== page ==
Not ready to hang up your gloves and spade just yet?
The fearless gardener still has a chance to plant some cold-hardy vegetables to harvest next spring, says Jim Myers, plant breeder and researcher at Oregon State University.
But don’t dawdle.
“Winter gardening is a risky business,” Jim says. “It may work one year with a mild winter but not another when the weather is more severe. If you plant some cold-hardy vegetables from mid-August to early October, depending on the crop, there’s a good likelihood you will produce something on the other end in the spring. They say farming is a gamble—some years more than others.”
Cold weather doesn’t kill these hardy plants; it simply slows their growth rate. For every rise of 18 degrees, growth rate doubles—but that guideline only applies to an air temperature range of 40 to 98 degrees, Jim says.
If you plant cold-hardy vegetables in the fall, there is a chance they can mature by next spring if they survive in a vegetative state through the winter without reproducing.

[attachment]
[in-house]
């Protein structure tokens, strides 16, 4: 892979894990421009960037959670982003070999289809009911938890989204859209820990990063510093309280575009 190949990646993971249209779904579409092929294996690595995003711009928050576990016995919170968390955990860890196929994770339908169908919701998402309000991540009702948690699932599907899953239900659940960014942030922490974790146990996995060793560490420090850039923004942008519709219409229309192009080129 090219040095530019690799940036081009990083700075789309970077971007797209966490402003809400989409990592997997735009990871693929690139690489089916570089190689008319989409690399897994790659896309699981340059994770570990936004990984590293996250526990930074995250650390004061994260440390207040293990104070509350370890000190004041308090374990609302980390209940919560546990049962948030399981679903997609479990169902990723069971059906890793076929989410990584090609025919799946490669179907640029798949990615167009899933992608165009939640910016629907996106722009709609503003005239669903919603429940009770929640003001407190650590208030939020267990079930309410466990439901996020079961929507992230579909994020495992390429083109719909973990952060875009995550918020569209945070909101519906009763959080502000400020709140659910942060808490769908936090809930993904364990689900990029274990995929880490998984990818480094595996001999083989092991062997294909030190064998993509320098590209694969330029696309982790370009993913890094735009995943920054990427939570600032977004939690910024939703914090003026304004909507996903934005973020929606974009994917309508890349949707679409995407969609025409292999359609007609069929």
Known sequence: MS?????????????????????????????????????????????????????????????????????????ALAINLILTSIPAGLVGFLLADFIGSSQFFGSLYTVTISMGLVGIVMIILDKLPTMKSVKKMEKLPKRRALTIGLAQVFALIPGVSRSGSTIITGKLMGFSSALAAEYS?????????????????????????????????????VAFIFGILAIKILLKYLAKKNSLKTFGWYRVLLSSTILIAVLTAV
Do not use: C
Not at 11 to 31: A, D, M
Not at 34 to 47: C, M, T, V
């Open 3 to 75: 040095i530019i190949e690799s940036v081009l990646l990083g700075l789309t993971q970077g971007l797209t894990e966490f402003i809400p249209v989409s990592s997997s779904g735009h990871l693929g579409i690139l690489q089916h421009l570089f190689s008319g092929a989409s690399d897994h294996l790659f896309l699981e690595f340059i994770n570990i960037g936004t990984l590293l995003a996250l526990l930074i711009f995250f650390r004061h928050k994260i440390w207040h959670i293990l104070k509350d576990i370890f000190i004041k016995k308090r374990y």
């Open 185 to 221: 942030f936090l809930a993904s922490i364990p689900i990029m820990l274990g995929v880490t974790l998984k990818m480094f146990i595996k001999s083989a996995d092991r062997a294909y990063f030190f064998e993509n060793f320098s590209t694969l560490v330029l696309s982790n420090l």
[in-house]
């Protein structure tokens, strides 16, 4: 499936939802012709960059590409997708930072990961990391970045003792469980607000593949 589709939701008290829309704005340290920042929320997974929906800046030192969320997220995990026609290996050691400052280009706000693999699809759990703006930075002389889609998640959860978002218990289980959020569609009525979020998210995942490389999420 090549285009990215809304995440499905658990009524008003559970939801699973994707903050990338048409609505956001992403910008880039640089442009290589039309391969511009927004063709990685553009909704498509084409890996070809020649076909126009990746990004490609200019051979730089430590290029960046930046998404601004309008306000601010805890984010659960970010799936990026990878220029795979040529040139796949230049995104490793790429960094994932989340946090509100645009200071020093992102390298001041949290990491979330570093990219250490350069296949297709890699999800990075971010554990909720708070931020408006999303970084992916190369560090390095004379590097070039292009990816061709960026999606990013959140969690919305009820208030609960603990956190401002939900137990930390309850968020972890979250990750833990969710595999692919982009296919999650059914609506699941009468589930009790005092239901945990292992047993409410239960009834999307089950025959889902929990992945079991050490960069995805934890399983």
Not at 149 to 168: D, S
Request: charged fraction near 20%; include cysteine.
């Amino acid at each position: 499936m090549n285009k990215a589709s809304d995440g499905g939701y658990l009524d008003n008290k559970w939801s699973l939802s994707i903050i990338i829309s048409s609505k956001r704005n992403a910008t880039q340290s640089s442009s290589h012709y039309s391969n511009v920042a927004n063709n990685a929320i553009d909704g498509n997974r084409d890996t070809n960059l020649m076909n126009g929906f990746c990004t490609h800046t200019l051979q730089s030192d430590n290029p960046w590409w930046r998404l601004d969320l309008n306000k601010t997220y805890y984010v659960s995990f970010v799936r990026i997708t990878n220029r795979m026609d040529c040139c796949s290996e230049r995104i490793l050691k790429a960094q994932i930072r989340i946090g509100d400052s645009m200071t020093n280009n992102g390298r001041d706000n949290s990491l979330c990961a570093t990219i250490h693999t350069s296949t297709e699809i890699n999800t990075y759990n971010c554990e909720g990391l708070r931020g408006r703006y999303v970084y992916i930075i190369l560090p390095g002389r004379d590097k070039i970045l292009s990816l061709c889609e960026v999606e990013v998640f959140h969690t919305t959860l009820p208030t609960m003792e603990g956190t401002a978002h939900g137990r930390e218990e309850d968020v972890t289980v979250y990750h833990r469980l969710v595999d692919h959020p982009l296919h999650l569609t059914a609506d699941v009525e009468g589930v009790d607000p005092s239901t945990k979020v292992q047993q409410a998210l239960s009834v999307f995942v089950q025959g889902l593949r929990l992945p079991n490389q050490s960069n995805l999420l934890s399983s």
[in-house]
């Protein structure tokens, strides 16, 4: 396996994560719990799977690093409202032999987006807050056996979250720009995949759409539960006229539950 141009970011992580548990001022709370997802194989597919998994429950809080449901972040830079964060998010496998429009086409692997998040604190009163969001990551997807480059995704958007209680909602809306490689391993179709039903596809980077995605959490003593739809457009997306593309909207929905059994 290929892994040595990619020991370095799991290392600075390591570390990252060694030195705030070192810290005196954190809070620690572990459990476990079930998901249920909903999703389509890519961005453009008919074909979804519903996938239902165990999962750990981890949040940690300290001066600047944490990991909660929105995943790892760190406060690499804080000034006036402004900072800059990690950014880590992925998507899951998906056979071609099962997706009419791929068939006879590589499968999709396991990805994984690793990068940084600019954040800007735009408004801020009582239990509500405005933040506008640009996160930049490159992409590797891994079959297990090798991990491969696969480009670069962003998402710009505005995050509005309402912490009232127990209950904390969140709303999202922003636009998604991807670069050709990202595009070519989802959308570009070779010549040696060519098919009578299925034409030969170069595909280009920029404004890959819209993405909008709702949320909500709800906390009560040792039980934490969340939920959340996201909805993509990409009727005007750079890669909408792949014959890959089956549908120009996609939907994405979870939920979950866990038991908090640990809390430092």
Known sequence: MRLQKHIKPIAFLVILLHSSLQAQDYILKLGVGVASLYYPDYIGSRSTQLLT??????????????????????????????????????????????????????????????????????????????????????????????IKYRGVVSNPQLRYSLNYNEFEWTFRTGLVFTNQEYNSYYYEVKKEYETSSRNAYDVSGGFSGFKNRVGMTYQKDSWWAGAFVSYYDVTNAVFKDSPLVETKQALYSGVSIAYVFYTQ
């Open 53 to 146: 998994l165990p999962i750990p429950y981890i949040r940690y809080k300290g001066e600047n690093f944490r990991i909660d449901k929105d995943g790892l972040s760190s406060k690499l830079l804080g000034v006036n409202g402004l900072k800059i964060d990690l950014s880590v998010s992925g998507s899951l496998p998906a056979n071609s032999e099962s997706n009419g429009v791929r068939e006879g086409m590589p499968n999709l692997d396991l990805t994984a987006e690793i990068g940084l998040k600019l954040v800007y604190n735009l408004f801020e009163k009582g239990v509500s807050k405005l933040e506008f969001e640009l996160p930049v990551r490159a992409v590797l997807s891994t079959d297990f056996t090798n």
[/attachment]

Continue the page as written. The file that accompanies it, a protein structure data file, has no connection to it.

He says the hardiest vegetables that can withstand heavy frost of air temperatures below 28 degrees include spinach, Walla Walla sweet onions, garlic, leeks, rhubarb, rutabagas, broccoli, kohlrabi, kale, cabbage, chicory, Brussels sprouts, corn salad, arugula, fava beans, radishes, mustard, Austrian winter peas and turnips.
Semi-hardy vegetables that can withstand light frost of air temperatures in the range of 28 to 32 degrees include beets, spring market carrots, parsnips, lettuce, chard, peas, Chinese cabbage, endive, radicchio, cauliflower, parsley and celery. The tops will die for beets, spring market carrots and parsnips, but the roots will tolerate lower temperatures.
Vegetables that contain the pigment anthocyanin—which gives them a vibrant red or purple color—are more resistant to rots caused by winter rains, Jim says. They include purple-sprouting broccoli, Rosalind broccoli and purple kale.
If you live in an area that gets prolonged snow cover, the fluffy white stuff acts as insulating mulch and warms the soil for these tough plants, Jim explains.
For areas that get a lot of rain in the winter, Jim recommends covering vegetables with high or low tunnels made from metal hoops and clear plastic, available at greenhouse supply companies. To protect plants, you also can use row covers or cloches. To warm the soil, use mulch made from yard debris, cardboard or newspaper.
Cross your fingers, and by next March, you could be feasting on a bounty of cold-hardy vegetables.